[nagdu] More airports create areas for pets to take care of business

Ginger Kutsch gingerKutsch at yahoo.com
Wed Sep 1 17:50:53 UTC 2010

More airports create areas for pets to take care of business 
Updated 7/20/2010 
Hartsfield-Jackson Atlanta International Airport has an off-leash
dog park featuring flowers, benches and bags for dog waste.  
By Roger Yu, USA TODAY
Dogs need to go, too. So airports are adding doggie restrooms.
Airports say "pet relief areas" enhance customer service. But
they're also being nudged by a federal rule that orders airlines
to work with airports to install facilities for travelers who
have service dogs.
Among airports with new dog bathrooms: Atlanta, San Francisco,
Los Angeles, Washington Dulles, Washington National, Chicago
O'Hare and Phoenix.
The facilities are typically outside, within walking distance of
the terminal. The federal rule requires they be kept clean, free
of odor, contain a gravel or sand surface and have adequate
drainage. Some airports have added synthetic grass, fire hydrants
and benches.
"Many of our members travel," says Melanie Brunson, executive
director of the American Council of the Blind, which pushed for
the rule. "Increasingly, you don't get much time between flights.
You don't have a whole lot of time to take care of your dog's
About 2 million pets and other animals fly each year in the U.S.,
according to the Transportation Department. But convenient relief
areas weren't required until the department published changes
last year to the Air Carrier Access Act, which spells out travel
rights for people who have physical disabilities.
"If there was one (before)," she says, "it was in the boondocks,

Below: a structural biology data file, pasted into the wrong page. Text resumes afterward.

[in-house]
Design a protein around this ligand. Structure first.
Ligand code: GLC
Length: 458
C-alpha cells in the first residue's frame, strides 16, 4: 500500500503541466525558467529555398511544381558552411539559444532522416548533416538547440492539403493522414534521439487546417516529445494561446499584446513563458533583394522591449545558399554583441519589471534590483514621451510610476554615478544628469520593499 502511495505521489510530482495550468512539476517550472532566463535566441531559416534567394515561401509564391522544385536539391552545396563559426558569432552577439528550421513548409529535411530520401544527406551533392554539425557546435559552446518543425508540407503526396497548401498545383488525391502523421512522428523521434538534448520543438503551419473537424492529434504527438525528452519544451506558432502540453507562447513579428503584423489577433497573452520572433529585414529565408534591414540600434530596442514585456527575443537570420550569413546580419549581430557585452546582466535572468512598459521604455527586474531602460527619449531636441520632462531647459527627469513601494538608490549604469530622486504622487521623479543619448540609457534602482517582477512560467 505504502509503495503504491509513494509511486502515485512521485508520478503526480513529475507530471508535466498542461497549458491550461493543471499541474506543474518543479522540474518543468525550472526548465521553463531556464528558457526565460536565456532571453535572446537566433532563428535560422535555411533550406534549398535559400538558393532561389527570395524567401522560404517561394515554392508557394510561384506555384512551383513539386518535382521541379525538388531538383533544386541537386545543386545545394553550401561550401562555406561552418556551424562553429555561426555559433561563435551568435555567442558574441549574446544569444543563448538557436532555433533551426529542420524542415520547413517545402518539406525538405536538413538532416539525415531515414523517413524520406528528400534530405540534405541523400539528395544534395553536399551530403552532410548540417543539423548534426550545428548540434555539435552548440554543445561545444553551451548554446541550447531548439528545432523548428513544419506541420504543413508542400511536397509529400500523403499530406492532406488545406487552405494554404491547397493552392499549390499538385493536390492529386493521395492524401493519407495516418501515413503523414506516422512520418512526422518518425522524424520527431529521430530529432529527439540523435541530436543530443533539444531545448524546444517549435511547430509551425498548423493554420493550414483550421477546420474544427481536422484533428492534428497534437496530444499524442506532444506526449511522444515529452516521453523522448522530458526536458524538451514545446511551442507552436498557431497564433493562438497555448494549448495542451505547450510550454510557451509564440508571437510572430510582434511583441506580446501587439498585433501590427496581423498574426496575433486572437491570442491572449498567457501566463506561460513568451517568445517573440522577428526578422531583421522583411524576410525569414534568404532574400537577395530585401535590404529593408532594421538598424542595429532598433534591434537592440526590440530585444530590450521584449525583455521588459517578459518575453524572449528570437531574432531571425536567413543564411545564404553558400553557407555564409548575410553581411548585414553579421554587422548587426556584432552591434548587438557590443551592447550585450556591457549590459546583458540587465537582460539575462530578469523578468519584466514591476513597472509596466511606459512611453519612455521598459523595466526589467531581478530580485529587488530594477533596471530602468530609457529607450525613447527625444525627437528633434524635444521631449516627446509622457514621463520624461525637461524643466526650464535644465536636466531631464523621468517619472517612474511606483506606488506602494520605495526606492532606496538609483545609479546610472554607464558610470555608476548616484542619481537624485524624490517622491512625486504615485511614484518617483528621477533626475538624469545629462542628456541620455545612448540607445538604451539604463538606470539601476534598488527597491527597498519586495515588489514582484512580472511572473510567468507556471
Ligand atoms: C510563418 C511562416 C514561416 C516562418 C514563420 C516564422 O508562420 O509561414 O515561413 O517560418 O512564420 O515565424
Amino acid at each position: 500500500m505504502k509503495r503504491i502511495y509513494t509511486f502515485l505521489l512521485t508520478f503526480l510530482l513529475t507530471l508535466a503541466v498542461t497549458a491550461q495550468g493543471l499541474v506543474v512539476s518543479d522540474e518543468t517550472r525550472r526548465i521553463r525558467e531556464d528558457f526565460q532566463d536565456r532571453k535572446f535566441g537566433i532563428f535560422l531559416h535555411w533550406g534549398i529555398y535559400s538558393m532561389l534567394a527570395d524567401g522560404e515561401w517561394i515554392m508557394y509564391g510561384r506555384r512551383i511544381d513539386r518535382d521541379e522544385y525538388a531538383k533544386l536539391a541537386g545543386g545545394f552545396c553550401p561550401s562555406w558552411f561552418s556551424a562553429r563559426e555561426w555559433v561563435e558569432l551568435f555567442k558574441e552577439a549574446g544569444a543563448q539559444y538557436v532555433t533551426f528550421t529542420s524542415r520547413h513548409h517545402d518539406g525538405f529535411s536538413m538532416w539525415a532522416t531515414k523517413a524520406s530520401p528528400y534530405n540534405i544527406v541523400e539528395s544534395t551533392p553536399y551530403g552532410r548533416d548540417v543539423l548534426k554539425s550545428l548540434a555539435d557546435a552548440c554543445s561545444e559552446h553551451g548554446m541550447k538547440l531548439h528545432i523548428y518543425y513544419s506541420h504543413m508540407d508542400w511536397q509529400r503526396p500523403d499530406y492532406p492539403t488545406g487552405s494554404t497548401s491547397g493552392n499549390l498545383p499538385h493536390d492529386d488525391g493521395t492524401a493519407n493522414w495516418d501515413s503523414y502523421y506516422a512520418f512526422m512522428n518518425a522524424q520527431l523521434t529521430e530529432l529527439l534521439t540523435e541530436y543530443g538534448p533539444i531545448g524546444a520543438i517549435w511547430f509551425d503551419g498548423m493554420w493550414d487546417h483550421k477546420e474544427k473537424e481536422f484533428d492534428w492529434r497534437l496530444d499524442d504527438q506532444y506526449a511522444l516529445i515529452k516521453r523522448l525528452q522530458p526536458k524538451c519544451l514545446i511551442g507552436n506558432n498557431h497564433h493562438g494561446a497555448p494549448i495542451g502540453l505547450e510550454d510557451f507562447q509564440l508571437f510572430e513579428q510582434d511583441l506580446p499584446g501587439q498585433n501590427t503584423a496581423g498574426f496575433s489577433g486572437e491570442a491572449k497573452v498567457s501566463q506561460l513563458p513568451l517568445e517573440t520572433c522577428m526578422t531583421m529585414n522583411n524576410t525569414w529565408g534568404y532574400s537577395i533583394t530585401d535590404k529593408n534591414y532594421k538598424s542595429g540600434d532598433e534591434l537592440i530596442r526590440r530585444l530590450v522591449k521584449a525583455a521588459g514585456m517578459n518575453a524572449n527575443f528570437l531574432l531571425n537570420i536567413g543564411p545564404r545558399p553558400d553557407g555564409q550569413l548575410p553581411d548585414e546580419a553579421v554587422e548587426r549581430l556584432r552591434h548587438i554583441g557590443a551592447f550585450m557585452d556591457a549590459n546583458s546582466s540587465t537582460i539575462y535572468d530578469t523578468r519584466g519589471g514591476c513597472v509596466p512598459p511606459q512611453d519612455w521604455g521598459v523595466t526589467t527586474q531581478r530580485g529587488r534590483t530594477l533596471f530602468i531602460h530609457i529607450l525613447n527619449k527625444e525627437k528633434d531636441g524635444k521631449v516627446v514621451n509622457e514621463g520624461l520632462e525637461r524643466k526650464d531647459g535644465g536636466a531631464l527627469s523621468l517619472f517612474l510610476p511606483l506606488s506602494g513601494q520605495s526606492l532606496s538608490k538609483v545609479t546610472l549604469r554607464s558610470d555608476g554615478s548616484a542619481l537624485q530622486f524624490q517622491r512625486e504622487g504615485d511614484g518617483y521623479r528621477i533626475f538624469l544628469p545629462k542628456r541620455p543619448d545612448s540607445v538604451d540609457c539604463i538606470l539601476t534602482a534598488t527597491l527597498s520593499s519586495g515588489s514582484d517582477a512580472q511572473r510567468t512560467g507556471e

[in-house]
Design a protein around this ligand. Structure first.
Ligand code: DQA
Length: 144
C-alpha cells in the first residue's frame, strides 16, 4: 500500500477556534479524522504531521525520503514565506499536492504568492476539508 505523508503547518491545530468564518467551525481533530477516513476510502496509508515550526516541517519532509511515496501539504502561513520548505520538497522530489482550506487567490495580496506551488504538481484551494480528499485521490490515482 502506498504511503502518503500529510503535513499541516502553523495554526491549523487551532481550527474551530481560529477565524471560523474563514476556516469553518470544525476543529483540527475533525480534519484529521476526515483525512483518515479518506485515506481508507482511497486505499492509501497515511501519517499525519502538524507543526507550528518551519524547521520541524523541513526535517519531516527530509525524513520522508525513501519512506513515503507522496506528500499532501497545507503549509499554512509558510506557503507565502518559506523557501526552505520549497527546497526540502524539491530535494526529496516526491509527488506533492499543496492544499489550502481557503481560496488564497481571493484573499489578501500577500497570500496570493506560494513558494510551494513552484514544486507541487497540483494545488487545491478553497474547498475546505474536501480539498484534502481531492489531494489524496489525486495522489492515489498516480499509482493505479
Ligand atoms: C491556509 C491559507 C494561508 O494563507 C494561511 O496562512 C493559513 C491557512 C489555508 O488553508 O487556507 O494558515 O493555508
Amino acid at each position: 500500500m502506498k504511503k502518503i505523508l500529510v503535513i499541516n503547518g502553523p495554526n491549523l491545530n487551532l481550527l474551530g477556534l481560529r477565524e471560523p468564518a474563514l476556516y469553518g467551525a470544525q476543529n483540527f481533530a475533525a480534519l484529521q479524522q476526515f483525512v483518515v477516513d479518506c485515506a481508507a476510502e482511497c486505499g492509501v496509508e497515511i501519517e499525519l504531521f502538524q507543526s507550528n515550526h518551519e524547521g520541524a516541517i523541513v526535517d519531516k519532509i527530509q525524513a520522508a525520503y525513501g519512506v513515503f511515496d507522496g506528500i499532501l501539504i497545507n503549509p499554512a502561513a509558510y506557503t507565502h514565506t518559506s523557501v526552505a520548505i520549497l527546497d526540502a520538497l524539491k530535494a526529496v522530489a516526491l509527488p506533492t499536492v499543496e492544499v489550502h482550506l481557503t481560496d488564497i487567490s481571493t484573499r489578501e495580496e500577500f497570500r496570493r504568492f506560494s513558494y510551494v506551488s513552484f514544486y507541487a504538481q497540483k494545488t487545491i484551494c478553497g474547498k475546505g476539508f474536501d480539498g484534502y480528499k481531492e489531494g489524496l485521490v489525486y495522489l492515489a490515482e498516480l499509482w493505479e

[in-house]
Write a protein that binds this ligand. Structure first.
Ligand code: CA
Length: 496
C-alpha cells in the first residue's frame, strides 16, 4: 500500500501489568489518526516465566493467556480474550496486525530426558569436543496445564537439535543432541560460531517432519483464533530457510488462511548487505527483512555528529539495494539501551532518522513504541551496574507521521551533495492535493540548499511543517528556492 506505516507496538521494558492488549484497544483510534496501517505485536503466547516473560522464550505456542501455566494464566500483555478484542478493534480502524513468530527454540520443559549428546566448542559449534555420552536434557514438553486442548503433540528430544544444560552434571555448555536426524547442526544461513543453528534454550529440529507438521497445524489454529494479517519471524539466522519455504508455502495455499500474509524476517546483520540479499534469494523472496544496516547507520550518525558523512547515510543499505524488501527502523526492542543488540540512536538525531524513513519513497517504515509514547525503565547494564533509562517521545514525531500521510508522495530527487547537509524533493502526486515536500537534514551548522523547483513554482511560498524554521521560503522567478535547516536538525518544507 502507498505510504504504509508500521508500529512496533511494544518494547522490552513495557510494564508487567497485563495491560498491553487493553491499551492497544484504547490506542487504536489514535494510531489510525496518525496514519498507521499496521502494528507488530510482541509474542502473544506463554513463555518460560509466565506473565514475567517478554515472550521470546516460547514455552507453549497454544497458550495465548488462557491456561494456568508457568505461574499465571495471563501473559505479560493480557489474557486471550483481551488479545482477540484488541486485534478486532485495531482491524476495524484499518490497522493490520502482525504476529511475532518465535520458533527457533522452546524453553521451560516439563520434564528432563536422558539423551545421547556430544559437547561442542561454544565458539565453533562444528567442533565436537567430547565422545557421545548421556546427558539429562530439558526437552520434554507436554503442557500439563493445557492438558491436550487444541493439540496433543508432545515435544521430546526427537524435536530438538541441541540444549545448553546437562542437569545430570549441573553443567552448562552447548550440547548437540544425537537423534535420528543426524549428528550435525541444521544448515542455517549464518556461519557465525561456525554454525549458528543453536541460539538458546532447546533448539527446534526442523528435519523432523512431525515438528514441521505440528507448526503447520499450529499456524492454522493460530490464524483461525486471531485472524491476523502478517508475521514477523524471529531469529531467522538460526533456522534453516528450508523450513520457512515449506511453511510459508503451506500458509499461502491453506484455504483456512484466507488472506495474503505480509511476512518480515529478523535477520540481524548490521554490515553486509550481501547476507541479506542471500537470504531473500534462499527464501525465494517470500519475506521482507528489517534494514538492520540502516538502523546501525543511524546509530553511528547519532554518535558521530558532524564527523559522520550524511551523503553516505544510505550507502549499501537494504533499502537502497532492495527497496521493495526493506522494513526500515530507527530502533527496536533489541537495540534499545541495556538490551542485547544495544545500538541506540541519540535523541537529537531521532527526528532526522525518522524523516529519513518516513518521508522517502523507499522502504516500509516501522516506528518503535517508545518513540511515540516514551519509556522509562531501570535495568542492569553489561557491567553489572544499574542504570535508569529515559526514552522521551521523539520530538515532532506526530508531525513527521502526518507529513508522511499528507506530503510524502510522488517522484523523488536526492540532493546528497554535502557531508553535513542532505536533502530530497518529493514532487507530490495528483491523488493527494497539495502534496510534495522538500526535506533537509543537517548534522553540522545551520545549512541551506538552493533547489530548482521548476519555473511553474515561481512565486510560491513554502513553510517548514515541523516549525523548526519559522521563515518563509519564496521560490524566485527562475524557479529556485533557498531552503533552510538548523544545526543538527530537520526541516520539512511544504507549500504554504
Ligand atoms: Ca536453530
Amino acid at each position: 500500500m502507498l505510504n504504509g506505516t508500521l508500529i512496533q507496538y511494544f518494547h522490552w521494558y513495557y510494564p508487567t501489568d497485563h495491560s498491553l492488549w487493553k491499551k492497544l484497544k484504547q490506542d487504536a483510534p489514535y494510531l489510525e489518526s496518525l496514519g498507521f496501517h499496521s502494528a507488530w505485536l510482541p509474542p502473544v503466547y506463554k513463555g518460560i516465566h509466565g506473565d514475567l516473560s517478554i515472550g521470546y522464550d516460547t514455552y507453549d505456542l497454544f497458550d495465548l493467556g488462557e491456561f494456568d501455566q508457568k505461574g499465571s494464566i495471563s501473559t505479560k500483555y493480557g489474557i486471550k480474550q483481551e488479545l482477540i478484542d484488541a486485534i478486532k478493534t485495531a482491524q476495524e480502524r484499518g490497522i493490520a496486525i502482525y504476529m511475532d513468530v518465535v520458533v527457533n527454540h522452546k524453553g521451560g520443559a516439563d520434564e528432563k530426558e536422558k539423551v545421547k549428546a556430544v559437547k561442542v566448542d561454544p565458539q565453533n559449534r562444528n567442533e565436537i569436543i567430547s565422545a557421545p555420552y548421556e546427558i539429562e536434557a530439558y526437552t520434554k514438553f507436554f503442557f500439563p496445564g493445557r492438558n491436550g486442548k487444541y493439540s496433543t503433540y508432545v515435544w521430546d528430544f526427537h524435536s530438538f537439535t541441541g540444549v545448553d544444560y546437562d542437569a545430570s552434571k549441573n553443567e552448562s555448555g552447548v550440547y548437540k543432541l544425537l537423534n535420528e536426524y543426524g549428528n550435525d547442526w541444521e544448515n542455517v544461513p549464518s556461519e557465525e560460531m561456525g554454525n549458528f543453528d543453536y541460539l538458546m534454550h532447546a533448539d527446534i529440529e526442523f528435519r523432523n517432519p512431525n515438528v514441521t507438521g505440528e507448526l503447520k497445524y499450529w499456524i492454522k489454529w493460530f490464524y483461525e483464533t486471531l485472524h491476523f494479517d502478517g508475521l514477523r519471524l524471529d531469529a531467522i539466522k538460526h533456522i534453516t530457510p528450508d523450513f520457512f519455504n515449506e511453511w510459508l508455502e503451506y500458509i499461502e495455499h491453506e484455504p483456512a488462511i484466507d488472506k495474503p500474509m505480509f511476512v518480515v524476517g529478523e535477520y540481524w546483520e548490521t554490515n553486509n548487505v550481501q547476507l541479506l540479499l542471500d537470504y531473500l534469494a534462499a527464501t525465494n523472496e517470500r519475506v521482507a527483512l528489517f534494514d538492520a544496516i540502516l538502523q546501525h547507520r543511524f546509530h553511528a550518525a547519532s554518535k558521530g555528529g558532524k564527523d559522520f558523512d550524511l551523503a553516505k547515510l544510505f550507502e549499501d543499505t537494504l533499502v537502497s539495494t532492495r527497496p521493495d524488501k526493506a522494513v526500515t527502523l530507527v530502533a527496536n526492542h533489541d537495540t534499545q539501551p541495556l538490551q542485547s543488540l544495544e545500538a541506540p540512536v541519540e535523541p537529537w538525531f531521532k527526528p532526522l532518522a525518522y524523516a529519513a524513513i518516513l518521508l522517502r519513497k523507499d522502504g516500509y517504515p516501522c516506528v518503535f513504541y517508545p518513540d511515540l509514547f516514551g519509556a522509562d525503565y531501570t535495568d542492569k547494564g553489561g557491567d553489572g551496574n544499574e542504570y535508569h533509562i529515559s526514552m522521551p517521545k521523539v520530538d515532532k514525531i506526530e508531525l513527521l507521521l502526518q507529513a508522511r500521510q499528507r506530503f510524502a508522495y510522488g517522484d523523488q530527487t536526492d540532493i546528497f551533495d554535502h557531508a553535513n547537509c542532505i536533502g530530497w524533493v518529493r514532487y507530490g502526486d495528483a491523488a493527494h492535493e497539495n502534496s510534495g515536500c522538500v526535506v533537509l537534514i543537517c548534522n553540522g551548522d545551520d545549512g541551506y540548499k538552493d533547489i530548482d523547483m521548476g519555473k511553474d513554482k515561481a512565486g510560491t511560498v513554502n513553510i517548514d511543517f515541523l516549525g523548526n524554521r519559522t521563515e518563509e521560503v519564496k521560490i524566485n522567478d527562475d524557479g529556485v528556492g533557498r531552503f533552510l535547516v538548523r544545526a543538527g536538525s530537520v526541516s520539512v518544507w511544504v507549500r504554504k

and (travelers) didn't have much time to get there."
Neva Fairchild of Carrollton, Texas, who has a service dog and is
an American Foundation for the Blind employee, says it can be
embarrassing for owners of dogs that relieve themselves at an
airport curb.
"I can understand if people are offended by dogs relieving
themselves at a pole 20 feet from the airport," she says. "But
when the dog has to go, it has to go."
Fairchild says she'd like to see more relief inside security
zones at airports to avoid clearing security-screening
checkpoints again for connecting flights.
Washington Dulles is one of the few airports with indoor
facilities within its security zone, in addition to three relief
areas outside. Engineers designed them after studying other dog
parks. They contain ventilation and wall-mounted
water-distribution systems for cleaning, Dulles spokeswoman
Courtney Mickalonis says.
Before assigning a new pet area, Atlanta had "maintenance issues"
with travelers who let their dogs use landscaped areas without
cleaning up, says Gary Summerlin, an engineer at the world's
busiest airport, where about 6,000 animals are flown annually in
cargo. But pet owners using the "formal" area have been more
responsible, he says.


More information about the NAGDU mailing list